Amidst dismay at the true extent of climate change, the Intergovernmental Panel on Climate Change (IPCC) submitted its first report with resulting consequences. A need to curb the then current level of energy intake and consumerism undermined an industry reliant on a blind faith in obsessive materialism, resulting in fierce opposition.
The IPCC held its third meeting in Washington DC in February 1990 and US President George Bush Snr opened the session by referring to his recent State of the Union address: “A sound environment is the basis for the continuity and quality of human life and enterprise,” he told the American people.
“Clearly, strong economies allow nations to fulfil the obligations and environmental stewardship. Where there is economic strength, such protection is possible.”
Bert Bolin, founder of the IPCC along with two hundred climate scientists, researchers and government negotiators submitted the IPCC‘s first assessment report to the United Nations general assembly in October 1990.
The IPCC debut report set out that the scientists were: “certain” that “emissions resulting from human activities were substantially increasing the atmospheric concentrations of the greenhouse gases: carbon dioxide, methane, CFCs and nitrous oxide” and also that “these increases will enhance the greenhouse effect, resulting on average in additional warming of the Earth’s surface.”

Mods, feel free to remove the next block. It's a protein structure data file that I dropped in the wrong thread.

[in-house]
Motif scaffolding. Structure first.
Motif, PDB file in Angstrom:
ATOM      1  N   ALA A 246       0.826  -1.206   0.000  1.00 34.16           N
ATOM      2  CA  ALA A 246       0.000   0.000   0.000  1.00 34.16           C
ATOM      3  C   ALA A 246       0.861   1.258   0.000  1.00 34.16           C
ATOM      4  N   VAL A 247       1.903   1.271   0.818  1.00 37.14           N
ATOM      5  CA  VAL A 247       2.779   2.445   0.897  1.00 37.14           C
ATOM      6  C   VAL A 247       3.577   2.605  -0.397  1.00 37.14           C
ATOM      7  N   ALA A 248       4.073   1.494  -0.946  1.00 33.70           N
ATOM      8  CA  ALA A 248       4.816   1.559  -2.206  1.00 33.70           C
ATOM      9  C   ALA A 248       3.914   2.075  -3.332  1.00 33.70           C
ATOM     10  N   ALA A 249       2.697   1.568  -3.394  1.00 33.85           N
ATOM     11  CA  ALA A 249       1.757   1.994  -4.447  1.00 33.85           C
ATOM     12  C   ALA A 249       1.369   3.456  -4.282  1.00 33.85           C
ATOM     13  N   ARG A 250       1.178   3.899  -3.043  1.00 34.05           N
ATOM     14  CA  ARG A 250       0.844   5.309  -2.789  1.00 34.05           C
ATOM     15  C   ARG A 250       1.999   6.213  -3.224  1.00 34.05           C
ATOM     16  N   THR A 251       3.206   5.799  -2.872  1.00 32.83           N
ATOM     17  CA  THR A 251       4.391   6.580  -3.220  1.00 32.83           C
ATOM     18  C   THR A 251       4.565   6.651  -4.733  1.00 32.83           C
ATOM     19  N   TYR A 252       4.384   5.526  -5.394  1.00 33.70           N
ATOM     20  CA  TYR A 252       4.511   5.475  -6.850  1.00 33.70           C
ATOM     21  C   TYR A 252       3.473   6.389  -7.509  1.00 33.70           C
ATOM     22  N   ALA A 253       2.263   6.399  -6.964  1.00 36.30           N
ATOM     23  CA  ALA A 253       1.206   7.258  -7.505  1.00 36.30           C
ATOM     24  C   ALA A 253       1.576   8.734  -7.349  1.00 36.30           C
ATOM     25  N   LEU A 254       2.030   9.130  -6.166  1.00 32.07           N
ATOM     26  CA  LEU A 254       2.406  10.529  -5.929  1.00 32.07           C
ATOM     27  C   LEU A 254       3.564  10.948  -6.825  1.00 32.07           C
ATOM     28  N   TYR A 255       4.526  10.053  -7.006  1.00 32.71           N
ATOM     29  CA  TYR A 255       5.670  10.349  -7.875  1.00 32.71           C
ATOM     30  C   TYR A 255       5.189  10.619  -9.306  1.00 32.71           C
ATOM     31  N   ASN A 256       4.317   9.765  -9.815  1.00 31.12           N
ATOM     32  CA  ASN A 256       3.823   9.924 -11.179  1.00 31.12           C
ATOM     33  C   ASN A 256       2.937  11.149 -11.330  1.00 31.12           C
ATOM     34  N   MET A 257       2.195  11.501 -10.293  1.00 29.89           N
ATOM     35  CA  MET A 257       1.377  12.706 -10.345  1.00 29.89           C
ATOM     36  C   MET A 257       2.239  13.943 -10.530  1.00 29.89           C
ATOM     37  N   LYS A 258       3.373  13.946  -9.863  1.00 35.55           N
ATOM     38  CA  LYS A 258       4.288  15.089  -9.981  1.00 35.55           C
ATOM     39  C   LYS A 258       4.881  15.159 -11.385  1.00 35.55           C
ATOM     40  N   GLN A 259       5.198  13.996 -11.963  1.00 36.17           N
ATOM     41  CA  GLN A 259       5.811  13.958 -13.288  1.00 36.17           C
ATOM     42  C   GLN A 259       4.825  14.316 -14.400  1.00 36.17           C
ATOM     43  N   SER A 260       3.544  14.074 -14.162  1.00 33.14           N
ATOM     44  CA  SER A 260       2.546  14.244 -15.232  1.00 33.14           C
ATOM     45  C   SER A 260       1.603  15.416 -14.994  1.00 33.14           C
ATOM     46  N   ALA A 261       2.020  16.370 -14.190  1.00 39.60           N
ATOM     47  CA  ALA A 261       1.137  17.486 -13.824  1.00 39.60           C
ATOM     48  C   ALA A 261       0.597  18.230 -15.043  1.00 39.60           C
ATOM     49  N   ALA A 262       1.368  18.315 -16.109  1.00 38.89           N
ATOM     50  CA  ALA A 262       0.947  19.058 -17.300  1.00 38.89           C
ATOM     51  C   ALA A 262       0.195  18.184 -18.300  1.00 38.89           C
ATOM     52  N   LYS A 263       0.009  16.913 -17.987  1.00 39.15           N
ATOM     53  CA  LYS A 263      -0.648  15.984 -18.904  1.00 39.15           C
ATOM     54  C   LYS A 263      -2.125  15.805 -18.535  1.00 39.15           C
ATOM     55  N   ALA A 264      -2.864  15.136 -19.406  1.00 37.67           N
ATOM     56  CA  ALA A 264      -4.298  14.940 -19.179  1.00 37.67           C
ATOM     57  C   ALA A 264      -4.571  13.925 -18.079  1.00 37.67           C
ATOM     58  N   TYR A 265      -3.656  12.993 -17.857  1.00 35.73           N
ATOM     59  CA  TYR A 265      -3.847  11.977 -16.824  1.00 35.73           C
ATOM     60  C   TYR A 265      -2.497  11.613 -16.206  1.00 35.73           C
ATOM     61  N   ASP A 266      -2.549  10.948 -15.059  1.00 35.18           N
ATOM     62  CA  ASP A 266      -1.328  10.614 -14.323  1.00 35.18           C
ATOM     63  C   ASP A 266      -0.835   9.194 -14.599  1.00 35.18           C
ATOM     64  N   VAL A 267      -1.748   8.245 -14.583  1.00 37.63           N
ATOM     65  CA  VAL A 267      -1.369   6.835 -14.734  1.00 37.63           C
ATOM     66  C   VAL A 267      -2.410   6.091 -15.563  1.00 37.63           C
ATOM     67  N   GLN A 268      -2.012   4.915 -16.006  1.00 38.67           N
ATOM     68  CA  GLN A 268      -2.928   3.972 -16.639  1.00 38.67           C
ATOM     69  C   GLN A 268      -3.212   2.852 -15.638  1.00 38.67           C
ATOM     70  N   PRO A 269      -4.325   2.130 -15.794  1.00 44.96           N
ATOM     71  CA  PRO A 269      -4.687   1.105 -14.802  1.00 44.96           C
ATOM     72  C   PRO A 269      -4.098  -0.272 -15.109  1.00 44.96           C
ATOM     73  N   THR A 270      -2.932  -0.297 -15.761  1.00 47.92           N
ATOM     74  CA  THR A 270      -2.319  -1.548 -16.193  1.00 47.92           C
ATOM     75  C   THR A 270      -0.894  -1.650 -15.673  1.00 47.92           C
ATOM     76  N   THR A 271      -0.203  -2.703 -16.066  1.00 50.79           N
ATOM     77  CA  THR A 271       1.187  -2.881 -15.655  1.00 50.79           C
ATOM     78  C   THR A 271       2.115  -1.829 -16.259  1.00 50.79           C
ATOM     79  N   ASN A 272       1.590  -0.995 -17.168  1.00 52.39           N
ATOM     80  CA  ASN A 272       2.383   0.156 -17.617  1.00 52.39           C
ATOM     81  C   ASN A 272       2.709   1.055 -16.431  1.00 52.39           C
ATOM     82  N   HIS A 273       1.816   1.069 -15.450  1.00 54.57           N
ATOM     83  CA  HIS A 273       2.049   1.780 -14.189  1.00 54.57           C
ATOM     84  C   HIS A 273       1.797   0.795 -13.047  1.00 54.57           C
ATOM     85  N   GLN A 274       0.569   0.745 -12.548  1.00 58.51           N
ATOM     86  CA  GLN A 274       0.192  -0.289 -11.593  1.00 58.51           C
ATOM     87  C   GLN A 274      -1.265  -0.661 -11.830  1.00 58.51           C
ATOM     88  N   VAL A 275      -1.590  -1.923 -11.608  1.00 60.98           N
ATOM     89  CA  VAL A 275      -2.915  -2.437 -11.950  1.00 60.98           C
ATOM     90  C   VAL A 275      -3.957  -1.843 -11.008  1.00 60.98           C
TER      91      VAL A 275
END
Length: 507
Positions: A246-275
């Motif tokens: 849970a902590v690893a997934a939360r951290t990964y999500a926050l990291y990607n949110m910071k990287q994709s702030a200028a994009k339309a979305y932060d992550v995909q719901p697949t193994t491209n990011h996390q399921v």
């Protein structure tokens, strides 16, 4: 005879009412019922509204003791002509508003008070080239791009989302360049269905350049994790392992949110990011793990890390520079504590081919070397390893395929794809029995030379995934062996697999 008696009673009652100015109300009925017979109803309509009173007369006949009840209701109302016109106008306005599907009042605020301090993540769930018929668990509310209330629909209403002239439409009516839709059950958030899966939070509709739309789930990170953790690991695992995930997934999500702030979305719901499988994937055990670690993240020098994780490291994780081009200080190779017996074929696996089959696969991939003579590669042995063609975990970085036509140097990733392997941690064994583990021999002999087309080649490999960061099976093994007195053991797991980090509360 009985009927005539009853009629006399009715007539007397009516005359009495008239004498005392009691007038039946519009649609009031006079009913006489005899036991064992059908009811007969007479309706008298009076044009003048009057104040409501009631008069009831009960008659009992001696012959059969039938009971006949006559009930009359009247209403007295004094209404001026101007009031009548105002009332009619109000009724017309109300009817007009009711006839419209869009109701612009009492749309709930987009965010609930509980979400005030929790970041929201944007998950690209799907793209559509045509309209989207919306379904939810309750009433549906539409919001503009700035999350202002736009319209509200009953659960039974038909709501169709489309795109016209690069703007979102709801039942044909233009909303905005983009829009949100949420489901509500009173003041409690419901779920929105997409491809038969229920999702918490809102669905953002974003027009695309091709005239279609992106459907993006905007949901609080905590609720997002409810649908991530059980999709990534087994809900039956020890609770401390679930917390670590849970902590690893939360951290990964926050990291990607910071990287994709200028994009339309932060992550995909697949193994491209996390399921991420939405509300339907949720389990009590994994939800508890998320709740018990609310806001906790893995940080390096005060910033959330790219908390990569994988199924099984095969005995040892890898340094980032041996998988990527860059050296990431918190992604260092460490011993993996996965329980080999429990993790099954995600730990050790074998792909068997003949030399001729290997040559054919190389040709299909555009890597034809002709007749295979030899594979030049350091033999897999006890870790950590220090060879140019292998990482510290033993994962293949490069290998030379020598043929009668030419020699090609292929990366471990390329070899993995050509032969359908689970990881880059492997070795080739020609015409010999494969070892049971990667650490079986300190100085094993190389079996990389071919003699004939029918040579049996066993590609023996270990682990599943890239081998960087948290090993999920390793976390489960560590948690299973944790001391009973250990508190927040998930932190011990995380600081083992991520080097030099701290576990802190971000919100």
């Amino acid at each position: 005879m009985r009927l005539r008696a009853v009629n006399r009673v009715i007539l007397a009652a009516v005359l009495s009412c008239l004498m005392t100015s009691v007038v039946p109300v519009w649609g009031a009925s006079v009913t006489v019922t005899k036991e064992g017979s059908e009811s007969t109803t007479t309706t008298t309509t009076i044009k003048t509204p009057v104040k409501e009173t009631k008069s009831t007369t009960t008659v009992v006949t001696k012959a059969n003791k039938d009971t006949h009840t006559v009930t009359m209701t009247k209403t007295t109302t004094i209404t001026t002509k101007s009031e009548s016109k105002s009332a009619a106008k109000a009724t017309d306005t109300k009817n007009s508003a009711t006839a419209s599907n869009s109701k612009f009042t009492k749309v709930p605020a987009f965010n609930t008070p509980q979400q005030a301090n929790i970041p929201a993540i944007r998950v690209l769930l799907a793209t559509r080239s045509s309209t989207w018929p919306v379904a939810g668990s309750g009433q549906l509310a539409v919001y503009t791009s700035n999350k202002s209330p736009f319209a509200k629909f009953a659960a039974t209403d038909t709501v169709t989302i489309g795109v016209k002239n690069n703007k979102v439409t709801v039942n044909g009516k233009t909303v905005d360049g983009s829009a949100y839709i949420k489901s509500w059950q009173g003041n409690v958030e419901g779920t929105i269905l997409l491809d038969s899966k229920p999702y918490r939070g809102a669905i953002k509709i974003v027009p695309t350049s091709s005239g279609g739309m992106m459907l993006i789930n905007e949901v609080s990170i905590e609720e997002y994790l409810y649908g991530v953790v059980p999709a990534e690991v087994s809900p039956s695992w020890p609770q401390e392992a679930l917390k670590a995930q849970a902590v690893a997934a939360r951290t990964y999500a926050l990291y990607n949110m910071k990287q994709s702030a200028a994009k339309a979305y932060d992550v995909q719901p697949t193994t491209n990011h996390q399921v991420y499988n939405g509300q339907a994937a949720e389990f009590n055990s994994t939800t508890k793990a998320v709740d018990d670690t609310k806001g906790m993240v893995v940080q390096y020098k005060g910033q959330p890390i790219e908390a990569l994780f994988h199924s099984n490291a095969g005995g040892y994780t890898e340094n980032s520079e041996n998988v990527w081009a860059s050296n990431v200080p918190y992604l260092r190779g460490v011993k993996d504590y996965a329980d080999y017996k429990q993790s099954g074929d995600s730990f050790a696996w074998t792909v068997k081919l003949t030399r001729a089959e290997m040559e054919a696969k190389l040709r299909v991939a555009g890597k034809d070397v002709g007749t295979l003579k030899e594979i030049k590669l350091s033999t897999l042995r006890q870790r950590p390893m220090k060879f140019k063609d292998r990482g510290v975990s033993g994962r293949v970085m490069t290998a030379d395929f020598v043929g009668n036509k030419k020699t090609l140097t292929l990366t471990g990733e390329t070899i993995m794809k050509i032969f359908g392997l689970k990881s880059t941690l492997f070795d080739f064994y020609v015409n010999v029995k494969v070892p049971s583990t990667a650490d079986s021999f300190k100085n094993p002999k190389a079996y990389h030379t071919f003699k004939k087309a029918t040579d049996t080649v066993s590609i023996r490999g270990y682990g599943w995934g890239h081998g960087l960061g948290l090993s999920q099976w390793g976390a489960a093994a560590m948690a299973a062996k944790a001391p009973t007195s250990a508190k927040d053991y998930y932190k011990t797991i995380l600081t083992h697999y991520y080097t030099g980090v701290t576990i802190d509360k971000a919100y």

The report warned that under “business as usual” there would be an average 0.3 degrees of warming every decade, which would be a faster rate of increase in global temperatures than witnessed on earth for more than 10,000 years.
Death Knell for Coal
The scientists warned that by the end of the 21st century there would be four degrees of warming above those experienced before the industrial revolution: “The rise will not be steady because of other factors,” the scientists set out.
“The oceans act as a heat sink and thus delay the full effect of greenhouse warming.”
The report then set out the uncertainties in the science, including: “the response of clouds, oceans and polar ice sheets” before calling, as scientists to, for further research.
“The complexity of the system means we cannot rule out surprises”.
American coal and oil companies fully understood the implications of the report. The IPCC stated that industrialised countries had a greater responsibility to reduce carbon emissions and suggested this could be achieved through greater efficiency and “the use of cleaner, more efficient energy sources with lower or no emissions or greenhouse gases”.
It advised national governments to set limits on carbon emissions. Such limits could sound the death knell for coal fired power stations, petrol-driven sports utility vehicles and almost a century of industry based on encouraging British and American shoppers to consume as much energy, oil and plastics as possible.
Forced to Act
The IPCC report was not idle chatter. The report was discussed by the UN the following December, and the grand sounding Intergovernmental Negotiating Committee was be formed.
This body would draft the Framework Convention on Climate Change (FCCC) to be agreed at the Earth Summit at Rio de Janeiro, scheduled for June 1992.
If coal and oil were to prevent a calamity for their current business model they would have to act fast and decisively.
Bolin sounded genuinely surprised and personally dismayed by the reaction of heavy industry: “There was, however, early reluctance from industry and other stake-holders to proceed quickly,” he complained.
“They feared that action to protect the current climate, i.e. a reduction in the use of fossil fuels, might be a threat to their activities and admittedly the scientific basis for taking action was then hardly convincing.”